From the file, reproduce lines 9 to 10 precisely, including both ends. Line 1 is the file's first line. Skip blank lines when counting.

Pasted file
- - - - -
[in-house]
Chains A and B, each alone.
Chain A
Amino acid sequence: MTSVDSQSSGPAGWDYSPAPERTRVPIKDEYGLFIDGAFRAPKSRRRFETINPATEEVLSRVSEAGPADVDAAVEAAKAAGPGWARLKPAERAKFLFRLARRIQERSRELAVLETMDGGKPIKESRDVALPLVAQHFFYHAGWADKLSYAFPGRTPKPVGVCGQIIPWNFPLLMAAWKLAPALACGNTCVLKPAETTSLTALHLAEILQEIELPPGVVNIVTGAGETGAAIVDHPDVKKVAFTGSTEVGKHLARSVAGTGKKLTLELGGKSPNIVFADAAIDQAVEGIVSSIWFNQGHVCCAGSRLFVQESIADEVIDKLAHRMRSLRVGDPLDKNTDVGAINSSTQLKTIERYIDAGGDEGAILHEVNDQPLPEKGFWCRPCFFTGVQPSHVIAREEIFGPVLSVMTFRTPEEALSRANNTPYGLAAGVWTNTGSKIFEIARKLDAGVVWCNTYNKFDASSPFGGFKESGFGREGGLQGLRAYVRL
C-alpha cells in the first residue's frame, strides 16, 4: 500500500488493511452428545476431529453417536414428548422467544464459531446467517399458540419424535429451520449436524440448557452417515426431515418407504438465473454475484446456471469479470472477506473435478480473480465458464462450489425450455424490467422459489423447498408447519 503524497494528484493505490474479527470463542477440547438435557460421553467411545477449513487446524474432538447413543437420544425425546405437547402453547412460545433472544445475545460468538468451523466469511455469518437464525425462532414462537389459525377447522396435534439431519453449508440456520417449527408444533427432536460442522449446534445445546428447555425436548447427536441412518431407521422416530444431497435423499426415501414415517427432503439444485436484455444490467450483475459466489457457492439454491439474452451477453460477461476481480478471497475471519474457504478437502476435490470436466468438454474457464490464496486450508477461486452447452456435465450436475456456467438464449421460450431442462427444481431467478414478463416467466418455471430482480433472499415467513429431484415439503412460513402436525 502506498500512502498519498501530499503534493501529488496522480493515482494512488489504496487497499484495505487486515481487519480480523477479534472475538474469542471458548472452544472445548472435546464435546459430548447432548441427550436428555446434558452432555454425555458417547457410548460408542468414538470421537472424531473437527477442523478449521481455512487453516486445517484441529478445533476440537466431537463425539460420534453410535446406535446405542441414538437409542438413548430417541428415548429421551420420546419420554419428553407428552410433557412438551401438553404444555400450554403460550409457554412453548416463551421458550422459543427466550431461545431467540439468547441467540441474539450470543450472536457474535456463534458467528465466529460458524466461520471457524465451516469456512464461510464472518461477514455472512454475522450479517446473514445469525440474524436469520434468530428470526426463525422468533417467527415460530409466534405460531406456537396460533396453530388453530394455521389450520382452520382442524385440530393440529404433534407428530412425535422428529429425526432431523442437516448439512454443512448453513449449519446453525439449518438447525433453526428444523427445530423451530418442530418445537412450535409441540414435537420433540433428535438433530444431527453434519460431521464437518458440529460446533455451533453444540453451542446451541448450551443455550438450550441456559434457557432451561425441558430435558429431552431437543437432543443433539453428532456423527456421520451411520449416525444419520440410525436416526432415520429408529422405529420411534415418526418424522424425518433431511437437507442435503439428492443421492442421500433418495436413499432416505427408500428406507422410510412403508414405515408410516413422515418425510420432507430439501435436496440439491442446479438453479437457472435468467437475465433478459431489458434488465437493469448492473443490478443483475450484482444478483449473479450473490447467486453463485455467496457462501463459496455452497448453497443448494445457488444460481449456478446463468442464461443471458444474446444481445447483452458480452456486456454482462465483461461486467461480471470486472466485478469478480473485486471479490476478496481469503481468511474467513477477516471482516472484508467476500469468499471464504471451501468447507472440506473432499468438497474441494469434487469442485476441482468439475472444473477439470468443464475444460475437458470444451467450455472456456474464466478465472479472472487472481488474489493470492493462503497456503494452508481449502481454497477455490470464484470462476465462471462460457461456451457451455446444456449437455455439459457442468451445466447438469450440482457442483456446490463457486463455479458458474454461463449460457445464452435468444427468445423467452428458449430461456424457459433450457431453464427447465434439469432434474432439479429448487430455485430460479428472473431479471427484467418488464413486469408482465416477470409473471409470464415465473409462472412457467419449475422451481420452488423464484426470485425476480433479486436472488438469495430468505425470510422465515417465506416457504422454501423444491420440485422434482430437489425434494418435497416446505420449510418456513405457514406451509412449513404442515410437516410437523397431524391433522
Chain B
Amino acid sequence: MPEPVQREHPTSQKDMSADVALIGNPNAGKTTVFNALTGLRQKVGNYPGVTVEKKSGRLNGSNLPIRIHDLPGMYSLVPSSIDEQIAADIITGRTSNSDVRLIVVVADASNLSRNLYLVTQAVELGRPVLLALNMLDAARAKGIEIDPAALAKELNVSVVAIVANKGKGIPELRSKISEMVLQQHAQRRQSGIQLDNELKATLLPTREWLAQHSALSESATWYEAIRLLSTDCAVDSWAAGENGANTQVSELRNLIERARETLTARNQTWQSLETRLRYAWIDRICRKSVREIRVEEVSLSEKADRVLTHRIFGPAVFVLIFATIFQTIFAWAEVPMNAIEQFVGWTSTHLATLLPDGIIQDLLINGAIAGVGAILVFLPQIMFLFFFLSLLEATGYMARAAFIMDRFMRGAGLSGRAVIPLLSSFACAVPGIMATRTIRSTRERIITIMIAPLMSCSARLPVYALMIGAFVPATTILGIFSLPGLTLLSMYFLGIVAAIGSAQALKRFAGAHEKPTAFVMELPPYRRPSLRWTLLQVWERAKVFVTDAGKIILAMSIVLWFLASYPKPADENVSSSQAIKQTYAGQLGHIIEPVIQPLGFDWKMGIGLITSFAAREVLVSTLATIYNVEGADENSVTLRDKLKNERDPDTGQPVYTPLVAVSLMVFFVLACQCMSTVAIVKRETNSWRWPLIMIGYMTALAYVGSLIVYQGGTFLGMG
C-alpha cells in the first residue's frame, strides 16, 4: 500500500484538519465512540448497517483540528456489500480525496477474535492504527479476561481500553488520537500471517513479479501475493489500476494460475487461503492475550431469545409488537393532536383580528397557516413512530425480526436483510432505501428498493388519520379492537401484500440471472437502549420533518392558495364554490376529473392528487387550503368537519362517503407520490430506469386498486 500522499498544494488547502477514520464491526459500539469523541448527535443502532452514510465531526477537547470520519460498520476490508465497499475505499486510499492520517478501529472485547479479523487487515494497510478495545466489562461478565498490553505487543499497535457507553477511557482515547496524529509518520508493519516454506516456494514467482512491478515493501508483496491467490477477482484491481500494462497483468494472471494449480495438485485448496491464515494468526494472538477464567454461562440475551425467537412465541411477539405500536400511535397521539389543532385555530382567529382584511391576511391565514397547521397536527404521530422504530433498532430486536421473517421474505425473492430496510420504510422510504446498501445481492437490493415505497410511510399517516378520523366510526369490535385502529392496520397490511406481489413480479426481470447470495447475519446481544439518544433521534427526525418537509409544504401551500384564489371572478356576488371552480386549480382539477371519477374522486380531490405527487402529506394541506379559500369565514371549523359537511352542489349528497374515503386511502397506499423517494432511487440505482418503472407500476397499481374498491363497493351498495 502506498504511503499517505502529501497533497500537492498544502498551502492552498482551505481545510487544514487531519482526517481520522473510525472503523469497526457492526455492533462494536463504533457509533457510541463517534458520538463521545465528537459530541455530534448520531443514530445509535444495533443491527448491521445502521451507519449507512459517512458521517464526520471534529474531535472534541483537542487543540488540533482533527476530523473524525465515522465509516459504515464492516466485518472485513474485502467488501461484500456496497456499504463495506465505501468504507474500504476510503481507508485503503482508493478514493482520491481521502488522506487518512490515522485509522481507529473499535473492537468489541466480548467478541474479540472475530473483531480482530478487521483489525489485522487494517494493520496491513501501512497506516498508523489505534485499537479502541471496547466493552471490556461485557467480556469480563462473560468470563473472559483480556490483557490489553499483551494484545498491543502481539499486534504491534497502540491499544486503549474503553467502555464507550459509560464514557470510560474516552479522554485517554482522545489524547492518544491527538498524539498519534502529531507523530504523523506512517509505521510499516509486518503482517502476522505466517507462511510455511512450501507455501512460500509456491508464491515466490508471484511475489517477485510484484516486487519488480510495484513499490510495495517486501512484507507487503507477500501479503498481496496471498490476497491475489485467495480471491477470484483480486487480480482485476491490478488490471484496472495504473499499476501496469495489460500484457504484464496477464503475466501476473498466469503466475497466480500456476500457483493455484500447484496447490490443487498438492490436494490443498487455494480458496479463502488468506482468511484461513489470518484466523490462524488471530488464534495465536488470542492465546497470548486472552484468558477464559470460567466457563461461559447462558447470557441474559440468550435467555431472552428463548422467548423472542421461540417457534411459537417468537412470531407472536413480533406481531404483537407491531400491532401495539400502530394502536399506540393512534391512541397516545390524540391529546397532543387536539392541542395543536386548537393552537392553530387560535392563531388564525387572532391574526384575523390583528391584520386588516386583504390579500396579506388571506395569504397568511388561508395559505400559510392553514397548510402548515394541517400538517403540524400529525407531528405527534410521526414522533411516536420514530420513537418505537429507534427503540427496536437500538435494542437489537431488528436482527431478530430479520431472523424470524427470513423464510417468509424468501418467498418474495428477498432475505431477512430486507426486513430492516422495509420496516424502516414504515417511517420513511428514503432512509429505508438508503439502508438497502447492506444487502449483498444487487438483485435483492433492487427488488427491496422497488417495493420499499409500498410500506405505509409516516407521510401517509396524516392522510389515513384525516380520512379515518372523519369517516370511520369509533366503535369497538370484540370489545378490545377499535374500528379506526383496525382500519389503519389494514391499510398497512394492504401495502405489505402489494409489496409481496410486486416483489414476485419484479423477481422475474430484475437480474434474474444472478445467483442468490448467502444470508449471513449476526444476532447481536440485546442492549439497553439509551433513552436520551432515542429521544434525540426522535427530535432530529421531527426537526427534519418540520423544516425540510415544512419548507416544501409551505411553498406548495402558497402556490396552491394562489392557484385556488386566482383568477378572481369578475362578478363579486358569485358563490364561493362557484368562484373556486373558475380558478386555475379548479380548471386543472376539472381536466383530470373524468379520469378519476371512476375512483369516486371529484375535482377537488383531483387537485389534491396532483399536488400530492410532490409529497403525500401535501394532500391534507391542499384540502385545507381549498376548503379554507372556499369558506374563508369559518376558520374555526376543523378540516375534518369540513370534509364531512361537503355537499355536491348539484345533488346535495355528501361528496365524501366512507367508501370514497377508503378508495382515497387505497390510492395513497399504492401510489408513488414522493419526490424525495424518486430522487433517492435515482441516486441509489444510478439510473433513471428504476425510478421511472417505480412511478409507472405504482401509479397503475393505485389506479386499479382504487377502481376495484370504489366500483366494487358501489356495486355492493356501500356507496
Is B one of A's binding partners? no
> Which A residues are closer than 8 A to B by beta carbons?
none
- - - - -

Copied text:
Is B one of A's binding partners? no
> Which A residues are closer than 8 A to B by beta carbons?